Intimate partner homicide: review and implications of research and policy

Trauma Violence Abuse. 2007 Jul;8(3):246-69. doi: 10.1177/1524838007303505.

Abstract

Current rates of intimate partner homicide of females are approximately 4 to 5 times the rate for male victims, although the rates for both have decreased during the past 25 years. The major risk factor for intimate partner homicide, no matter if a female or male partner is killed, is prior domestic violence. This review presents and critiques the evidence supporting the other major risk factors for intimate partner homicide in general, and for intimate partner homicide of women (femicide) in particular, namely guns, estrangement, stepchild in the home, forced sex, threats to kill, and nonfatal strangulation (choking). The demographic risk factors are also examined and the related phenomena of pregnancy-related homicide, attempted femicide, and intimate partner homicide-suicide.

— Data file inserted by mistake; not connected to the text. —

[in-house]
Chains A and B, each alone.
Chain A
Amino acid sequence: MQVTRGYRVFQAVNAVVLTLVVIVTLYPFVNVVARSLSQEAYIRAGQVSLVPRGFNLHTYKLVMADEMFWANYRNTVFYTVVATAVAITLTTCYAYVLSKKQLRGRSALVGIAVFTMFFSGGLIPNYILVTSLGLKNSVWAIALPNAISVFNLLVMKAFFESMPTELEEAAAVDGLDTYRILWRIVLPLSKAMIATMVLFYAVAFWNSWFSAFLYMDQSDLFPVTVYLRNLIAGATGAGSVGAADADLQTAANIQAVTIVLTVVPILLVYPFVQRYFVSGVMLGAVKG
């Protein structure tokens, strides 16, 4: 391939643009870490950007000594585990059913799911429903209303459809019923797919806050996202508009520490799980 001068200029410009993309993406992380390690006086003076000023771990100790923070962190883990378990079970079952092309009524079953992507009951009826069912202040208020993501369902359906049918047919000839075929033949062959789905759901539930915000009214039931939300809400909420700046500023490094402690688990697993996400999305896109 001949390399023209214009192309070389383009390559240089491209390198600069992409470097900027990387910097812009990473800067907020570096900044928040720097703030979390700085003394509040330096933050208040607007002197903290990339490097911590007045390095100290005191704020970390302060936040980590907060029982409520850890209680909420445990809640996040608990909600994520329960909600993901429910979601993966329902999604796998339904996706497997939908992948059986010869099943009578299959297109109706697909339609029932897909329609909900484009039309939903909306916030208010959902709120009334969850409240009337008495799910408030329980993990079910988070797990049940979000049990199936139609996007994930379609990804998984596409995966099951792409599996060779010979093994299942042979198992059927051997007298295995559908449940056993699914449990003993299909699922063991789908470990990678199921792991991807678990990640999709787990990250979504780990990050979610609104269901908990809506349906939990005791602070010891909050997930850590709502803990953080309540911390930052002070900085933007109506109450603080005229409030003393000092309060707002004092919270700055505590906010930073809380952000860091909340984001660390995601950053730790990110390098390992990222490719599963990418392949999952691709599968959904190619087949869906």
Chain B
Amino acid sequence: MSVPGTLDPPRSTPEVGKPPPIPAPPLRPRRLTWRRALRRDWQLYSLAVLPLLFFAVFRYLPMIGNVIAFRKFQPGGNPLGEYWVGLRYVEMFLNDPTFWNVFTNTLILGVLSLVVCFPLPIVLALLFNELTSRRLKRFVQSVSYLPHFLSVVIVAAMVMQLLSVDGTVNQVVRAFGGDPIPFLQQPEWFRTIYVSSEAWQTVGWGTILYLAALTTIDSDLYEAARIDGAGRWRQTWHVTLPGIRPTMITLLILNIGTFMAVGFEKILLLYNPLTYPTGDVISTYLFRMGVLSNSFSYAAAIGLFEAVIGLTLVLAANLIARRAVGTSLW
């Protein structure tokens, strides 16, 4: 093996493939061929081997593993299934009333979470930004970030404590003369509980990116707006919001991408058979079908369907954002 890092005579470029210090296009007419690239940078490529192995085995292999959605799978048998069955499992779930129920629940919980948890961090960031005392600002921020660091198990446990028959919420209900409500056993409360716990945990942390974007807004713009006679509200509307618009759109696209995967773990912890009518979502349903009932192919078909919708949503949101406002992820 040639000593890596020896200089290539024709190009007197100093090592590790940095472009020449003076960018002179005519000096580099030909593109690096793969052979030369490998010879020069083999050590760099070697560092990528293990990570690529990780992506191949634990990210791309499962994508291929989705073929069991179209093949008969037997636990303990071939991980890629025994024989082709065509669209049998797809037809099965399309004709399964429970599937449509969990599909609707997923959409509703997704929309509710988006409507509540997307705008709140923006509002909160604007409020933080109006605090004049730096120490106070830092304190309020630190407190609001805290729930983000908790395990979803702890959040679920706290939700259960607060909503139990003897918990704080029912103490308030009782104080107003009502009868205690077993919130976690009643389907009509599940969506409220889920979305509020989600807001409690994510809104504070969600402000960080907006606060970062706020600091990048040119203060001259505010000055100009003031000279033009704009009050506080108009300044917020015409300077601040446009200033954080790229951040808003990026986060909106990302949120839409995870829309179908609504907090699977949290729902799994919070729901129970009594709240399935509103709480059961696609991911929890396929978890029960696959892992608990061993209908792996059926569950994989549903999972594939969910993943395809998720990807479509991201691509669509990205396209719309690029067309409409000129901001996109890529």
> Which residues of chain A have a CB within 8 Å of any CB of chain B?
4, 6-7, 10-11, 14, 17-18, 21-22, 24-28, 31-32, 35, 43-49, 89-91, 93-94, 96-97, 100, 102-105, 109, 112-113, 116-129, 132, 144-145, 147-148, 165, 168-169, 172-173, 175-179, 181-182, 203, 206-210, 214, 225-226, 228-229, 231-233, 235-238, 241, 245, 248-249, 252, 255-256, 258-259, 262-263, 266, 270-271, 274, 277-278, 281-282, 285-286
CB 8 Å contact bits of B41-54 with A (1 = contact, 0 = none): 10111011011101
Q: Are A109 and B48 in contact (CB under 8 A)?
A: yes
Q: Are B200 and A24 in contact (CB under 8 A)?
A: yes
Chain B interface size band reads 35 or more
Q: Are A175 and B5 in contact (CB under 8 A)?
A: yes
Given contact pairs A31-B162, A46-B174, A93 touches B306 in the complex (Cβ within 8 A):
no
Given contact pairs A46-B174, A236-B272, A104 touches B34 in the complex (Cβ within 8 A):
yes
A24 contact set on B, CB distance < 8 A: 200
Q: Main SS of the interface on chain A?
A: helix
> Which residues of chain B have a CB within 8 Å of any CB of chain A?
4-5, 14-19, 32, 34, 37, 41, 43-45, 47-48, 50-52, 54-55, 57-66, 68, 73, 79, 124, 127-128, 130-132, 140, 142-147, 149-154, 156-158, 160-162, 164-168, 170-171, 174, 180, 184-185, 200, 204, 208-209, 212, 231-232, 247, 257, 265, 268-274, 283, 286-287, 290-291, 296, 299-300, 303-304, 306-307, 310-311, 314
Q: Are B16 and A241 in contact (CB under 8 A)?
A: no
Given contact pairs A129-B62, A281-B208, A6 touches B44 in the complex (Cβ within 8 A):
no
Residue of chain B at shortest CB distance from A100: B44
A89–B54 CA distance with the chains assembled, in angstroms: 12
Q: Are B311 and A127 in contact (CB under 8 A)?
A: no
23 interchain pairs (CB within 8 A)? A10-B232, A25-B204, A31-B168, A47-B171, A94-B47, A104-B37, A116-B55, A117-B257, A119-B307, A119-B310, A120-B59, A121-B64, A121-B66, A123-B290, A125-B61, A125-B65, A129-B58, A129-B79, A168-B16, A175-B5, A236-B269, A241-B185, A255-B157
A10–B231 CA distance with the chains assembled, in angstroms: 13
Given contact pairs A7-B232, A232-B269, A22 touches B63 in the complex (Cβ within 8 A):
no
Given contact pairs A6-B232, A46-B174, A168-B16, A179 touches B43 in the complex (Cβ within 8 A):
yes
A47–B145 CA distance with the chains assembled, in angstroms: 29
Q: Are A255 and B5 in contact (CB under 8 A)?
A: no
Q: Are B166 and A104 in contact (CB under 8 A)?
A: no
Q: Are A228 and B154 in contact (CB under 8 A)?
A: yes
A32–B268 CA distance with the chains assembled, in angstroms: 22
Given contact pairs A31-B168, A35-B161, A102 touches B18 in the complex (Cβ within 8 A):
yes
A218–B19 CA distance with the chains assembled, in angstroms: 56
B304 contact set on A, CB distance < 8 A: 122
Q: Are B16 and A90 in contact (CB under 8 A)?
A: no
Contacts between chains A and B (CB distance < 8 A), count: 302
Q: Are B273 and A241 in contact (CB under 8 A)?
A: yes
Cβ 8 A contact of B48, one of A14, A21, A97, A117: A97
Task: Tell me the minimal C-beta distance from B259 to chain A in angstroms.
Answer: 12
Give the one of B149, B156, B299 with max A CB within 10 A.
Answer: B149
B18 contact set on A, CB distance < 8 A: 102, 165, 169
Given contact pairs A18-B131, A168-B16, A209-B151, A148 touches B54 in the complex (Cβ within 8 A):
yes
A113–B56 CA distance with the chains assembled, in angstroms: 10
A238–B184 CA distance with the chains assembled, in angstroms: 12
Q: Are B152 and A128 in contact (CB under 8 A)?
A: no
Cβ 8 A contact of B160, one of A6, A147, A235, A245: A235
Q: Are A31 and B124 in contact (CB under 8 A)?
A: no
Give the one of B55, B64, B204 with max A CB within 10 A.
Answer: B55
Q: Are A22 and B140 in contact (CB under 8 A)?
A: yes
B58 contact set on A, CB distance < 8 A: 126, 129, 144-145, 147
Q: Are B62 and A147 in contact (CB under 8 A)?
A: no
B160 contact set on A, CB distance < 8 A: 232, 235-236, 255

Publication types

  • Review

MeSH terms

  • Adolescent
  • Adult
  • Homicide / ethnology
  • Homicide / statistics & numerical data*
  • Humans
  • Interpersonal Relations*
  • Male
  • Middle Aged
  • Primary Prevention / methods
  • Risk Assessment
  • Sex Offenses / ethnology
  • Sex Offenses / statistics & numerical data*
  • Sexual Partners*
  • Social Responsibility
  • Social Values / ethnology
  • Socioeconomic Factors
  • Spouse Abuse / ethnology
  • Spouse Abuse / statistics & numerical data*
  • United States / epidemiology